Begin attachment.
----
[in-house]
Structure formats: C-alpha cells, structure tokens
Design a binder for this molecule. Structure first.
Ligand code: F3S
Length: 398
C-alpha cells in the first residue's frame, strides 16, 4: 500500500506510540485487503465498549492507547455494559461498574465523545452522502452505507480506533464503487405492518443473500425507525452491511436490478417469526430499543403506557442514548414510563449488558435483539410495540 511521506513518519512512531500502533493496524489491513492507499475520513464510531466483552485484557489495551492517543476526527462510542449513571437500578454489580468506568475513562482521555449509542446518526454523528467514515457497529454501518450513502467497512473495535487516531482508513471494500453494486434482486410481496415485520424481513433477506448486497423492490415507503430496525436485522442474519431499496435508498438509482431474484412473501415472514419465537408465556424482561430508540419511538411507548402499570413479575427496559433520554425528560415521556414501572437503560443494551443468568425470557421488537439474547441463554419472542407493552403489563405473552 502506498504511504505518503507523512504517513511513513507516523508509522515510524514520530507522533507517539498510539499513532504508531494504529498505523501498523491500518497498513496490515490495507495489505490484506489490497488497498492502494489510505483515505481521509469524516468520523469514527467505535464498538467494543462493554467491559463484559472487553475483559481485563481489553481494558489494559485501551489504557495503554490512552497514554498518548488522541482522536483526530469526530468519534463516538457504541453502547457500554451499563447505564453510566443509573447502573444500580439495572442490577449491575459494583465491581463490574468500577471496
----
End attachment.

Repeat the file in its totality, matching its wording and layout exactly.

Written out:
[in-house]
Structure formats: C-alpha cells, structure tokens
Design a binder for this molecule. Structure first.
Ligand code: F3S
Length: 398
C-alpha cells in the first residue's frame, strides 16, 4: 500500500506510540485487503465498549492507547455494559461498574465523545452522502452505507480506533464503487405492518443473500425507525452491511436490478417469526430499543403506557442514548414510563449488558435483539410495540 511521506513518519512512531500502533493496524489491513492507499475520513464510531466483552485484557489495551492517543476526527462510542449513571437500578454489580468506568475513562482521555449509542446518526454523528467514515457497529454501518450513502467497512473495535487516531482508513471494500453494486434482486410481496415485520424481513433477506448486497423492490415507503430496525436485522442474519431499496435508498438509482431474484412473501415472514419465537408465556424482561430508540419511538411507548402499570413479575427496559433520554425528560415521556414501572437503560443494551443468568425470557421488537439474547441463554419472542407493552403489563405473552 502506498504511504505518503507523512504517513511513513507516523508509522515510524514520530507522533507517539498510539499513532504508531494504529498505523501498523491500518497498513496490515490495507495489505490484506489490497488497498492502494489510505483515505481521509469524516468520523469514527467505535464498538467494543462493554467491559463484559472487553475483559481485563481489553481494558489494559485501551489504557495503554490512552497514554498518548488522541482522536483526530469526530468519534463516538457504541453502547457500554451499563447505564453510566443509573447502573444500580439495572442490577449491575459494583465491581463490574468500577471496